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FISH SAFE – Helping Maine’s future fishermen hit the deck running

Maine young people living on the coast – many with parents who are active fishermen – are excited to be out on the water, following in their parent’s footsteps, having their own boats, traps, and income.

I talked with a number of them recently at the Maine Fishermen’s Forum in Rockport.

As signs of spring arrive throughout the region, now might be a good time to get those young people into their life jackets and out on the water.

Informal education about how to run the boat and be vigilant – as well as how to set, haul, bait, and offload – can obviously be a valuable introductory experience for any young person.

Several years ago, Maine established an apprenticeship program in the lobster fishery that enables young people to work toward a fishing license. The program was extended last year to include folks up to age 23.

This program incorporates both informal and formal education.  The informal education consists of 1,000 hours working with licensed fishermen over a minimum of two years.  The formal education component is made up of a mandatory US Coast Guard drill instructor course and the requirement that the aspiring fishermen be full-time students until high school graduation or GED is achieved.

Anyone seeking to be in the apprentice program after high school must be enrolled at least 50% of the time in a post-secondary program.

This set-up helps ensure that future fishermen are well-acquainted with fishing practice and the safety and regulatory aspects of fishing.

As a result of the schooling requirements, they also have an academic background that they can apply to fishing, the business of fishing, or that can help them transition to a different sector of the economy in the future.

Recently, a new program was initiated under the auspices of the Center for Maine Coastal Fisheries, formerly known as Penobscot East Resource Center (PERC).

Eight fishing community high schools in Maine now offer the Eastern Maine Skippers Program, an academic program that runs parallel to the standard high school curriculum and meets the state standards for high school content.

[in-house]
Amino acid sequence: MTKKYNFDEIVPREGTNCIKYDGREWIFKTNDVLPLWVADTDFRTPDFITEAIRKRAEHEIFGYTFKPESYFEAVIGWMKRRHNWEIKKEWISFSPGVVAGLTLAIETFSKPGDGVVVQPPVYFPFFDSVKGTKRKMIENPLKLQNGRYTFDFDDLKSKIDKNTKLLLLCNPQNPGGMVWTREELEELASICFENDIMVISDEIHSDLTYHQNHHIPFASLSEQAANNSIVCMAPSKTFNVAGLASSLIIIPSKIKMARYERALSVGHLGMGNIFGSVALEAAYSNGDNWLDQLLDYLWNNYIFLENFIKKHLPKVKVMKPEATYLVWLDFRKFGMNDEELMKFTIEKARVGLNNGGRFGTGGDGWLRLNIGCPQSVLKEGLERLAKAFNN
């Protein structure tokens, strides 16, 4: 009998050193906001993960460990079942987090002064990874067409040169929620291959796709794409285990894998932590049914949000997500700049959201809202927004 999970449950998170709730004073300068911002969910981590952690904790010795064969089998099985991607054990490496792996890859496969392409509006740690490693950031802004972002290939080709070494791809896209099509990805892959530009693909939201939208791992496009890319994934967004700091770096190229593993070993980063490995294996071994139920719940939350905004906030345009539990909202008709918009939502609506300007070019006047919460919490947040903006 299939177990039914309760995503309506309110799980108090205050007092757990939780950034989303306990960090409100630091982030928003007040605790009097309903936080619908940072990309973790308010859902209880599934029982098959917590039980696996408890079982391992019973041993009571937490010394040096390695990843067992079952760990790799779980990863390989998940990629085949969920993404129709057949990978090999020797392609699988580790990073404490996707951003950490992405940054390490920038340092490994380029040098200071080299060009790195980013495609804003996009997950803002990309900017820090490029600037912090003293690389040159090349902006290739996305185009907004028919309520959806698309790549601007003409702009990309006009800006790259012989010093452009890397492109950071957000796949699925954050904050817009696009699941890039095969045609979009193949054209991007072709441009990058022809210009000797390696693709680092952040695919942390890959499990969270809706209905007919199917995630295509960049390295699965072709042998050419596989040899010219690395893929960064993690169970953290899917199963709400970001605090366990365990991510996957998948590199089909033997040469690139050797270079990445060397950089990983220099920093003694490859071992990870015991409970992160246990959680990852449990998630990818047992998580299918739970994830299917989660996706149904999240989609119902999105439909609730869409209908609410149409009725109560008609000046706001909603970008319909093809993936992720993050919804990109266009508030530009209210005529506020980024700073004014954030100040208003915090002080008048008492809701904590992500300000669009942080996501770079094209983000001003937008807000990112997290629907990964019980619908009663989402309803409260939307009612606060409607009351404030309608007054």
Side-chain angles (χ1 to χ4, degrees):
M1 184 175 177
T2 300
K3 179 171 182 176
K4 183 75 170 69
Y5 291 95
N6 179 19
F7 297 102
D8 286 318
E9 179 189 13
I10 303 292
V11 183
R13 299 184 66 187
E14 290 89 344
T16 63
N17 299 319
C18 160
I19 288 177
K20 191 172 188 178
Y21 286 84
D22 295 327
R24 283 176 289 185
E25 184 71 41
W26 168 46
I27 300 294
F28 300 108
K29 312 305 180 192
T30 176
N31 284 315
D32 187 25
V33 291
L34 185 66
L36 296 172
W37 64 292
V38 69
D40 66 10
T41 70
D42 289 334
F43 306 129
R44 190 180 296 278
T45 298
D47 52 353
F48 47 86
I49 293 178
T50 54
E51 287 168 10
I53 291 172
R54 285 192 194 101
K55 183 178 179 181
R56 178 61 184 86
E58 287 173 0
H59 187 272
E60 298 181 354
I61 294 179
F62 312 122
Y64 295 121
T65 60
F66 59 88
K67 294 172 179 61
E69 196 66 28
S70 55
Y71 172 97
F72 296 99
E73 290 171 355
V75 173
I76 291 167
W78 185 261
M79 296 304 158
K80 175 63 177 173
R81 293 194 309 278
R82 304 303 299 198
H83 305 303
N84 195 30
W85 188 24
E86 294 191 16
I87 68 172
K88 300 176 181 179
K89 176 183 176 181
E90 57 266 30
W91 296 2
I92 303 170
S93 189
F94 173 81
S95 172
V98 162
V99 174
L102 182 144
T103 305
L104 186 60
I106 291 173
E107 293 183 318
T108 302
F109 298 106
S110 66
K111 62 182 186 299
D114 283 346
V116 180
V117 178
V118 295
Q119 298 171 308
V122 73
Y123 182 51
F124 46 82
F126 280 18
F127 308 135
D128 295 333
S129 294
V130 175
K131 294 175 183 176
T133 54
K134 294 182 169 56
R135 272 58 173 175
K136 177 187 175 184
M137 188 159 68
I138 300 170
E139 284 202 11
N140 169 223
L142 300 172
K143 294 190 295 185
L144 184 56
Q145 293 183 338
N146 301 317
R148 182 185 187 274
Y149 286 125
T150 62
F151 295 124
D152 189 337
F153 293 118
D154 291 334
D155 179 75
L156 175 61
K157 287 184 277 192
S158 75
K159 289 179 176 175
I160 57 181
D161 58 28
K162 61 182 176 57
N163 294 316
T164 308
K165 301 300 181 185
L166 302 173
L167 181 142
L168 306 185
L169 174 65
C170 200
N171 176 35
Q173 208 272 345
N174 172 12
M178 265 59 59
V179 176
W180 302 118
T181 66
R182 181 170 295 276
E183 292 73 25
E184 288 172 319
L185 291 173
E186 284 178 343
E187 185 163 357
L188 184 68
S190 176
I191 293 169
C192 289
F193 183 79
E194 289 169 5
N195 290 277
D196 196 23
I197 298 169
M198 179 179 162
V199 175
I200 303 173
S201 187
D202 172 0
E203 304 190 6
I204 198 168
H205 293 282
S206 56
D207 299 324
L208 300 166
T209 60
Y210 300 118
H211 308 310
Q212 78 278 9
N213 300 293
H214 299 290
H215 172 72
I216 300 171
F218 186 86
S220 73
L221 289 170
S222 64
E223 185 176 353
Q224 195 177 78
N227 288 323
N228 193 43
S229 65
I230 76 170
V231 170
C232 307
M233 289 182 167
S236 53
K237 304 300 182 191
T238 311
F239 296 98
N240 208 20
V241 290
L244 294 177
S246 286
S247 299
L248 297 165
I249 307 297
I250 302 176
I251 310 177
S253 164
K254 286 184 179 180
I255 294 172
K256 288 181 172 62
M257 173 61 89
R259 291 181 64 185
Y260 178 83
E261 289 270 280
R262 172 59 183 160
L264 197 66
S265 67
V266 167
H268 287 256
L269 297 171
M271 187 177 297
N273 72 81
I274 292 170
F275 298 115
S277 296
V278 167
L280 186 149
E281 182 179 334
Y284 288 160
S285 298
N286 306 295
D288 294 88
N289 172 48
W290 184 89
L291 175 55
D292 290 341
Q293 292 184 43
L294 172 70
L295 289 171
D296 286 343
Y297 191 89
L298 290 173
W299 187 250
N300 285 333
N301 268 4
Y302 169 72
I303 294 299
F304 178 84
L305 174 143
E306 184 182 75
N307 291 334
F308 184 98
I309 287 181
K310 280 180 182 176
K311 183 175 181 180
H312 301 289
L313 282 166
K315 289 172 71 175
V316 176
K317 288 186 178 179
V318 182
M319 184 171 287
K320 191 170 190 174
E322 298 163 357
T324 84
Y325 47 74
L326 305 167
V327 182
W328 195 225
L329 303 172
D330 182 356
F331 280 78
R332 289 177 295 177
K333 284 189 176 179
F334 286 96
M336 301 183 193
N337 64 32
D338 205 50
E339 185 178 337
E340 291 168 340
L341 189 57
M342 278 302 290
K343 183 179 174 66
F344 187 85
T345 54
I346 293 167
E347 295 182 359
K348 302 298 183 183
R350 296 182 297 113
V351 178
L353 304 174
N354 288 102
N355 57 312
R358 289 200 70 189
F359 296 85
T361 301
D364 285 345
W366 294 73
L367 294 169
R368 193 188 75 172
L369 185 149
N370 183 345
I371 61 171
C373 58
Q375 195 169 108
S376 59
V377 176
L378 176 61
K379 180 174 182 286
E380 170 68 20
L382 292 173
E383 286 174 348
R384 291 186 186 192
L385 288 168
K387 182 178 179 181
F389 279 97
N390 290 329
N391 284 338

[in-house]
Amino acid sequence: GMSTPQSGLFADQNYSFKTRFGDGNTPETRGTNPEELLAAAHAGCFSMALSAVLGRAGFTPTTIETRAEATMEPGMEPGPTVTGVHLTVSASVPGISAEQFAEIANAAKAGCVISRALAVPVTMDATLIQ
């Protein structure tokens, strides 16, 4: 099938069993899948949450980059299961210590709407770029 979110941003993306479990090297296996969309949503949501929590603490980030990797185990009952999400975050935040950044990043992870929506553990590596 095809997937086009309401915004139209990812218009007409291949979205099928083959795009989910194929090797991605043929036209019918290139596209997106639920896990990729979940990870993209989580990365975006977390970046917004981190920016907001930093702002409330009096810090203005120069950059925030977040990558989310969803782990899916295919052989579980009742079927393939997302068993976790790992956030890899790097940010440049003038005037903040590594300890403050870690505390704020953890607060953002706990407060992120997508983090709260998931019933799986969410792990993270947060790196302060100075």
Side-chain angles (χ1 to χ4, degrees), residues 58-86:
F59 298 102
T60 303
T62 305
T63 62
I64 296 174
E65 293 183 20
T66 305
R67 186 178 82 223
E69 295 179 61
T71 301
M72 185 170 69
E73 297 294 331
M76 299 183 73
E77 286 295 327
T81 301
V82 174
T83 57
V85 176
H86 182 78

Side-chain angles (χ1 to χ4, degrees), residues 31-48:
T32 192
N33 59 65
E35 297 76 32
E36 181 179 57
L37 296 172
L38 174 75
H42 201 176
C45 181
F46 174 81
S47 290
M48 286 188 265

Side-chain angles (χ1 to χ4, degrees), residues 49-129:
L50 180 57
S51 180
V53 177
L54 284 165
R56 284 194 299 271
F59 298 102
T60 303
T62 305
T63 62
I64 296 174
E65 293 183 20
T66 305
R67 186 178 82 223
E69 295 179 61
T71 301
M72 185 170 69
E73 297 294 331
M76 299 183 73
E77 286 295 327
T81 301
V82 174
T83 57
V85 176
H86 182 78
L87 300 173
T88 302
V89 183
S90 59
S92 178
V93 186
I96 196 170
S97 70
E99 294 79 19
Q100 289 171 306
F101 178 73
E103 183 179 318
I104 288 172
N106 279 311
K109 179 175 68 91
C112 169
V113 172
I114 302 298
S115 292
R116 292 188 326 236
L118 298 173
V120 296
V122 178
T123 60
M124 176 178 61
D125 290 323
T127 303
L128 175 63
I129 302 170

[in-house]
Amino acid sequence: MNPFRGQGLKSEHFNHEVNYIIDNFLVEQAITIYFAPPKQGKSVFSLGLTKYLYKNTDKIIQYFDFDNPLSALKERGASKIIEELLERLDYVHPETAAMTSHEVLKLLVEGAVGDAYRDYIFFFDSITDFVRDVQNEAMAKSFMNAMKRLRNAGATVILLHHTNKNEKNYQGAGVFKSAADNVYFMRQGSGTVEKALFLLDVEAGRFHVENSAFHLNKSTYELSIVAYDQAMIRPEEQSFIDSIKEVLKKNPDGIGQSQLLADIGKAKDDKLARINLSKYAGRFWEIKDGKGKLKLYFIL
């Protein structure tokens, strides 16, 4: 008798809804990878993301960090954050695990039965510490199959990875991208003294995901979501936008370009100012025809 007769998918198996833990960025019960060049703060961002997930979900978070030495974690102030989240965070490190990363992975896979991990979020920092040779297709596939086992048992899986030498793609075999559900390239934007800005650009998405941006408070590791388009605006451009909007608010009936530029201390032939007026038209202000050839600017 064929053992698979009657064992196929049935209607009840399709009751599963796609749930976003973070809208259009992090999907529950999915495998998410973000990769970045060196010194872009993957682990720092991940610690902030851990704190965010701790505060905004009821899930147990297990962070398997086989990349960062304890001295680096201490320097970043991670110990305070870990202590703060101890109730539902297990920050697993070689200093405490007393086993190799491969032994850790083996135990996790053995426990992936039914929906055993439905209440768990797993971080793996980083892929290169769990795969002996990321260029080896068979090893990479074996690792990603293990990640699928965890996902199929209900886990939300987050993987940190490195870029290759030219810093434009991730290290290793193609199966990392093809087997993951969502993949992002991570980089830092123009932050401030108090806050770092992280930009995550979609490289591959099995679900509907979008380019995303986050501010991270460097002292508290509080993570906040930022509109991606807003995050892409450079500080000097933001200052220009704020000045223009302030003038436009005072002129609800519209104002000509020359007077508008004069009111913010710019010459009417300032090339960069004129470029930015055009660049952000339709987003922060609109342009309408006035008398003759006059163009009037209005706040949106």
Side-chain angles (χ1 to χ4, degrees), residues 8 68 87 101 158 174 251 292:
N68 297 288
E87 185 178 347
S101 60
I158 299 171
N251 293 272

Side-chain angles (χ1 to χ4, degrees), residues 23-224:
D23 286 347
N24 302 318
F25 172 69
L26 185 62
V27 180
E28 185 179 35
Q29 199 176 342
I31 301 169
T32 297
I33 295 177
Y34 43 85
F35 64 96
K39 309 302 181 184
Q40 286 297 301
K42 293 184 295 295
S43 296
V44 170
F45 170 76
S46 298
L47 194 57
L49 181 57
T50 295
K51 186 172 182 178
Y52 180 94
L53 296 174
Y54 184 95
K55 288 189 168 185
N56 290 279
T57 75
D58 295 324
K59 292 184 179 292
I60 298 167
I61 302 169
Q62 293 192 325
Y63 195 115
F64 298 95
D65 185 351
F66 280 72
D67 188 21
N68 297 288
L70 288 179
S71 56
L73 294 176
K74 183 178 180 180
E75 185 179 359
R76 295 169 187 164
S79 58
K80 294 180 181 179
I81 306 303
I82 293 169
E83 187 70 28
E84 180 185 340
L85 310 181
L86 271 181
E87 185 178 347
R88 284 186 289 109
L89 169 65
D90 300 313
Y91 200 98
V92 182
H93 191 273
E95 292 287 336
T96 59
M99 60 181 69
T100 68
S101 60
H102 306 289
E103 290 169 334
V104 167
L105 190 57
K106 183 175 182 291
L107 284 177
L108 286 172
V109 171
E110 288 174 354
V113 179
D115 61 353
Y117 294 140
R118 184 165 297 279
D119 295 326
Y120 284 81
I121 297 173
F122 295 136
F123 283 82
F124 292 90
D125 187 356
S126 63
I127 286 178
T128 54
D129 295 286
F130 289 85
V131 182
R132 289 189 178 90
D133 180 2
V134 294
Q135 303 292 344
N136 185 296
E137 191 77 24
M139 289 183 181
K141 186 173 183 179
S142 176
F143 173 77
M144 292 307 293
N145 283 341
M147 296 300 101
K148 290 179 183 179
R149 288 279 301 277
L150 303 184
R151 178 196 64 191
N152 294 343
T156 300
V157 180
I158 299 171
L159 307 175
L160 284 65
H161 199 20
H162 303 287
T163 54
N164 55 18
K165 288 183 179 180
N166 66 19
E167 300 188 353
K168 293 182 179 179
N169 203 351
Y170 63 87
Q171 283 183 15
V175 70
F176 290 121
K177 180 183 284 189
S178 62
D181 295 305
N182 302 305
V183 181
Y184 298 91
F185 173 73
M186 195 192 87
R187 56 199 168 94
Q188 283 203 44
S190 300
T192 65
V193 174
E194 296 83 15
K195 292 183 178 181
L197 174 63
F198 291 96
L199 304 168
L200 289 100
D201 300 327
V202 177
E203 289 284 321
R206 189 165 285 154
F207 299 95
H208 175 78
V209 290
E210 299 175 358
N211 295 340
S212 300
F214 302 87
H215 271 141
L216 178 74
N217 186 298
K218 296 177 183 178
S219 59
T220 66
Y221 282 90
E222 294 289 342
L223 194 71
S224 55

Through a project-based approach, students interact with fishermen, scientists, industrial, and community mentors to learn about the marine environment, the “business” of fishing, and the importance of collaboration and leadership in this challenging and rapidly-changing industry.

According to Paul Molyneaux, the coordinator for the program, the following projects are ongoing this year:

•  Vinalhaven – growing kelp on longlines in Carver Pond;

•  Deer Isle/Stonington – designing a low-impact shrimp beam trawl;

•  George Stevens Academy – comparing the wild scallop harvest with scallop aquaculture;

•  Ellsworth High School – modeling a seaweed biofuel industry on the coast of Maine;

•  Mount Desert Island – testing water quality and collecting data on smelt returns;

•  Narragaugus – making a documentary comparing scallop diving and scallop dragging; and

•  Jonesport-Beals – developing a growout system for Arctic surf clams that also traps green crabs.

The students will present the results of these projects on May 25 at a public event at the Grand Theatre in Ellsworth.

To learn more visit <http://grandonline.org/>.

This inspiring and innovative program has the breadth and depth that allows young fishermen to become articulate about the challenges of fishery management, the concepts of coastal stewardship, and to gain confidence in their ability to work collaboratively.

In the words of Molyneaux, “This program develops leaders that will help ensure that Maine’s fishing communities remain economically healthy because the marine environment is ecologically sustained.”

The Eastern Maine Skippers Program is privately funded through a grant from the J.T. Gorman Company.  Additional funding has been provided by foundation funding from the Betterment Fund, the Long Cove Foundation, the Eaton Foundation, by an additional grant from the Maine Lobster Research and Development Fund, and through financial and in-kind contributions from individuals and corporations.

Additional information is available at <www.coastalfisheries.org>.

Ann Backus, MS, is the director of outreach for the Harvard School of Public Health’s Department of Environmental Health in Boston, MA.

 

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